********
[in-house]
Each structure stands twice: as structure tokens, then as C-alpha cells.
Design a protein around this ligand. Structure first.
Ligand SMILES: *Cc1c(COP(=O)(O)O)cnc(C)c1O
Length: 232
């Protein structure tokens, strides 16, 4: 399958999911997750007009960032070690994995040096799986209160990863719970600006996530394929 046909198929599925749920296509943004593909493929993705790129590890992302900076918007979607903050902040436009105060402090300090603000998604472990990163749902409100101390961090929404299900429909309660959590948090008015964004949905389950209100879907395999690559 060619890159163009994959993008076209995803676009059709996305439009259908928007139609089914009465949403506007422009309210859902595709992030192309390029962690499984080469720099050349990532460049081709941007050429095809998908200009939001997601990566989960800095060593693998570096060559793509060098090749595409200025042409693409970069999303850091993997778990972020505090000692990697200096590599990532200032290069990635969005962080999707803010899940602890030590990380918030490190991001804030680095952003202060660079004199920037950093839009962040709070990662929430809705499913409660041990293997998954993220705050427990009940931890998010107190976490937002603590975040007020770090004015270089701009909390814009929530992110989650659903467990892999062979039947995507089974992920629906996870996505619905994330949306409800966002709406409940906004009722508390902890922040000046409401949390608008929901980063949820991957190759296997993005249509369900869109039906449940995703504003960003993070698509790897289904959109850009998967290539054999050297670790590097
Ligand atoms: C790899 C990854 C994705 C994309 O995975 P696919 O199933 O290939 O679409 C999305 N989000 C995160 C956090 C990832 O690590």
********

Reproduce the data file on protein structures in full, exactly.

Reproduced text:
[in-house]
Each structure stands twice: as structure tokens, then as C-alpha cells.
Design a protein around this ligand. Structure first.
Ligand SMILES: *Cc1c(COP(=O)(O)O)cnc(C)c1O
Length: 232
């Protein structure tokens, strides 16, 4: 399958999911997750007009960032070690994995040096799986209160990863719970600006996530394929 046909198929599925749920296509943004593909493929993705790129590890992302900076918007979607903050902040436009105060402090300090603000998604472990990163749902409100101390961090929404299900429909309660959590948090008015964004949905389950209100879907395999690559 060619890159163009994959993008076209995803676009059709996305439009259908928007139609089914009465949403506007422009309210859902595709992030192309390029962690499984080469720099050349990532460049081709941007050429095809998908200009939001997601990566989960800095060593693998570096060559793509060098090749595409200025042409693409970069999303850091993997778990972020505090000692990697200096590599990532200032290069990635969005962080999707803010899940602890030590990380918030490190991001804030680095952003202060660079004199920037950093839009962040709070990662929430809705499913409660041990293997998954993220705050427990009940931890998010107190976490937002603590975040007020770090004015270089701009909390814009929530992110989650659903467990892999062979039947995507089974992920629906996870996505619905994330949306409800966002709406409940906004009722508390902890922040000046409401949390608008929901980063949820991957190759296997993005249509369900869109039906449940995703504003960003993070698509790897289904959109850009998967290539054999050297670790590097
Ligand atoms: C790899 C990854 C994705 C994309 O995975 P696919 O199933 O290939 O679409 C999305 N989000 C995160 C956090 C990832 O690590």